Are attitudes towards genetically modified organisms (GMOs) in our agriculture softening? Back in 2015 a Pew survey found that the gap between public opinion and that of scientists was greatest on acceptance of GMOs (more than any other topic surveyed), with a 51% gap. But more recent data shows declining opposition. Regulators are also softening their stance, with Mexico walking back a ban on GMO corn from the US, and the EU considering softer rules on GMOs. Some countries, like the US, have also adopted new terminology, such as bioengineered, and carved out separate rules for crops made with altered genes but not with transgene insertions.

We still have a way to go, and there is still enough opposition to slow adoption of useful agricultural technology. I like to think this is because the science is slowly winning the day. I do think many environmentalists have their heart in the right place, but sometimes get distracted by ideological positions, such as an aversion to anything “unnatural” or high tech. But if the stakes get high enough, the more moderate environmentalists can change their position. I think we are seeing this with nuclear power and the need to combat global warming. And I think we are seeing this with GMOs and the need to feed the world without destroying the environment. The benefits of GMOs are ultimately just too great to ignore.

But there is a lot of inertia in the anti-GMO propaganda that Greenpeace, the organic lobby, and others have been spreading for two decades. I was just recently asked about one specific claim that reflects the nature of this propaganda and how sticky it can be – aren’t GMOs killing the butterflies? The short answer is no, but as always the full story has lots of details. Here is a typical headline from the Environmental Working Group (who I personally find to be more ideological than science-based) – GMO-Linked Herbicide May Doom Monarch Butterflies. This framing was lazily reproduced by most mainstream reporting, but it is nothing but anti-GMO propaganda.

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Jul 06 2023

3D Printing With Metallic Gel

Published by under Technology

One of the futuristic technologies that I find most promising is 3D printing (additive manufacturing). 3D printing has already created a revolution in manufacturing, but I think the general public does not have a high awareness of this technology because it is not yet at the point where it is ready to be a routine in-home appliance. It probably seems like an expensive toy. But in reality it is a key and rapidly growing prototyping and manufacturing technology. Importantly, there is tremendous potential for the technology to advance, and we are far away from a fully mature manifestation of 3D printing.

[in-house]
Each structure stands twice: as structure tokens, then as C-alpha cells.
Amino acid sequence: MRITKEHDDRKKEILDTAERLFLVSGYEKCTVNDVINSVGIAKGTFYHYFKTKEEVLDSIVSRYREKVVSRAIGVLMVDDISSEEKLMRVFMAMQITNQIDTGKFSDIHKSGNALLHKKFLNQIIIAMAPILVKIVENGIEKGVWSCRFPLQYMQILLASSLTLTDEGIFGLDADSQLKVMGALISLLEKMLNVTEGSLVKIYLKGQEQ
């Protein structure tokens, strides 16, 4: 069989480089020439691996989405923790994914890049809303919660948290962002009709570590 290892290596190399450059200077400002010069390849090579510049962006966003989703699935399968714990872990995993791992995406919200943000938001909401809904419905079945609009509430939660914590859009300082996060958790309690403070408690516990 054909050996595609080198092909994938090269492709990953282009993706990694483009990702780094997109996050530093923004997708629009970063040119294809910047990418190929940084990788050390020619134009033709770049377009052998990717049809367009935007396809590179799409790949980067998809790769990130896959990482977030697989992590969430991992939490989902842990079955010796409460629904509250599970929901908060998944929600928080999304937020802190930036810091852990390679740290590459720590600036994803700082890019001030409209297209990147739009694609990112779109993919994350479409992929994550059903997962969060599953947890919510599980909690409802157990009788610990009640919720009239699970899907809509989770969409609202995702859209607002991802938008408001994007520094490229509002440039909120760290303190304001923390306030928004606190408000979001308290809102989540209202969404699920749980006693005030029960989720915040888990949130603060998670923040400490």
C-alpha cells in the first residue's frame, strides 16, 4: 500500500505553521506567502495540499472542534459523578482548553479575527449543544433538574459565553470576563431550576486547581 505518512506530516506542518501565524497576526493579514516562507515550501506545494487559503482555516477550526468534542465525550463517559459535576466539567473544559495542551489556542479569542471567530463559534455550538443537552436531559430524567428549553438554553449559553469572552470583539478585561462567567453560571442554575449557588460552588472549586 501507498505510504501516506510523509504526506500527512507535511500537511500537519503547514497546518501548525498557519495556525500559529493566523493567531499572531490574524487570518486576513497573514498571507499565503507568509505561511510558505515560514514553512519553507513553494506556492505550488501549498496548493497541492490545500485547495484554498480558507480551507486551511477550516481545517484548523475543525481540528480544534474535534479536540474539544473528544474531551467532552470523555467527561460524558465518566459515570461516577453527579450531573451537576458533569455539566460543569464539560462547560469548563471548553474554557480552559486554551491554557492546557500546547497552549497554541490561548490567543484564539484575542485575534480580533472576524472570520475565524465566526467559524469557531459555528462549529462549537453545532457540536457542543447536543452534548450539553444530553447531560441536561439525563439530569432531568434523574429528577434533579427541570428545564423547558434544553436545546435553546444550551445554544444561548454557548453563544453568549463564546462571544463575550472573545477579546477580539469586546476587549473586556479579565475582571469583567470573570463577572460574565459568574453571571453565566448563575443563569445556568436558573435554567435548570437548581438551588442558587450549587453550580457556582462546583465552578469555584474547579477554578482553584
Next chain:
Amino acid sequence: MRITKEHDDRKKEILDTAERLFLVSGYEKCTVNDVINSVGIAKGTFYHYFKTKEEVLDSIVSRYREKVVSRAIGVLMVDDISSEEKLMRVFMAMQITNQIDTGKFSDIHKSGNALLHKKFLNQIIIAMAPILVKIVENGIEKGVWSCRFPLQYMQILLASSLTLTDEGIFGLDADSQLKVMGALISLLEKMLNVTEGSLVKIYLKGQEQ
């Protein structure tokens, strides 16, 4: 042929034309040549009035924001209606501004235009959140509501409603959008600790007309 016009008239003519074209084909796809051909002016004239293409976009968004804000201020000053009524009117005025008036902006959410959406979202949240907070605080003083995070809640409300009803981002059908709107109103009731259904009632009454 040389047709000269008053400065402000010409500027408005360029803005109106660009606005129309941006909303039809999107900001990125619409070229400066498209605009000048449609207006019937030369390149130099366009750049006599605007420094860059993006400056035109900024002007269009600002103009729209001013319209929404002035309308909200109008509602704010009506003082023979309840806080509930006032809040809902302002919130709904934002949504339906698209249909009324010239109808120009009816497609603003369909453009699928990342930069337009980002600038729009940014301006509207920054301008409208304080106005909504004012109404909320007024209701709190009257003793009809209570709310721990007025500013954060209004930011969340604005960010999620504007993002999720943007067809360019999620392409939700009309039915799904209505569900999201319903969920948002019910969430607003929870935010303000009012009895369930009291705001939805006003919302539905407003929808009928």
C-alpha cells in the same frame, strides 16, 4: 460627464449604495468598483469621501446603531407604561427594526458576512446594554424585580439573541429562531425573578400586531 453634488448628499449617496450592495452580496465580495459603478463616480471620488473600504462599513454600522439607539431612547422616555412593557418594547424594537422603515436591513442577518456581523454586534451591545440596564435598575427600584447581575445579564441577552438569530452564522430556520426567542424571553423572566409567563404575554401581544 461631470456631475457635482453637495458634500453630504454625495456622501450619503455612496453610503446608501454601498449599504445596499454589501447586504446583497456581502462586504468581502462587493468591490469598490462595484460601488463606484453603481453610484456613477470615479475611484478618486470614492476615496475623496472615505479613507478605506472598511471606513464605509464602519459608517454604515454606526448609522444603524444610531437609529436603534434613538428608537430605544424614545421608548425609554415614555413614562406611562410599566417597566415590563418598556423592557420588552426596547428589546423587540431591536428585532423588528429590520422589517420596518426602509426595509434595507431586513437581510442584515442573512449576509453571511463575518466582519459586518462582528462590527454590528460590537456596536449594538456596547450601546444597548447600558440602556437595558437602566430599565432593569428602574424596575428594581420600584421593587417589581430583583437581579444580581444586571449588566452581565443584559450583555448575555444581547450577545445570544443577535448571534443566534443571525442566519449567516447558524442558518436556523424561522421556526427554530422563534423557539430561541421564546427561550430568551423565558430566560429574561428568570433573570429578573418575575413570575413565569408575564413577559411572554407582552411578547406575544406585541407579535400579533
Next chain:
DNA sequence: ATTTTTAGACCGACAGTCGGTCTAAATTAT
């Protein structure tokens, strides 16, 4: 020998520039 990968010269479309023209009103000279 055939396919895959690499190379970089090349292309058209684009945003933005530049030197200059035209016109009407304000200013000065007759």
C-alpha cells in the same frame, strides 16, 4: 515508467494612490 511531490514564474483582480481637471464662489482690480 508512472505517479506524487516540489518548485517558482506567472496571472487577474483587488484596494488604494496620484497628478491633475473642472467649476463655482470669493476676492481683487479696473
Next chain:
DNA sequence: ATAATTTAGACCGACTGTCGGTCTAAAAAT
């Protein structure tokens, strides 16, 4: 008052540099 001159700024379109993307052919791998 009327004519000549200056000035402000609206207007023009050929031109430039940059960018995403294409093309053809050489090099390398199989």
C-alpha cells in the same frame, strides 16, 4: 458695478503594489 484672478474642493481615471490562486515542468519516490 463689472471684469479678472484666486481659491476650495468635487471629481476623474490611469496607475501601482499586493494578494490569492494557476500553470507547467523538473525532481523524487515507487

The basic technology connected the virtual world with the physical analog world. You start with a digital design for an object, which can be created using software or by scanning an existing physical object. The 3D printer then prints the object from the digital design, with a print head laying down the material layer by layer, building up the three dimensional object. Sometimes supports need to be added so that the resulting object can stand upright while printing. One limitation of 3D printers is their dimensions – thy can only build object as large as their print area. However, some newer printers have a conveyor belt for a platform which allows for one dimension to be virtually unlimited.

One of the challenges of 3D printing technology has been printing with metals. Dealing with plastics and resins were the low hanging fruit because they can be extruded by the print head and rapidly cool at room temperature to a solid object, maintaining their structure. Hard plastic parts are great for many applications, but not all. The wider a range of material that 3D printers can use the better, and metal 3D printing has been the holy grail.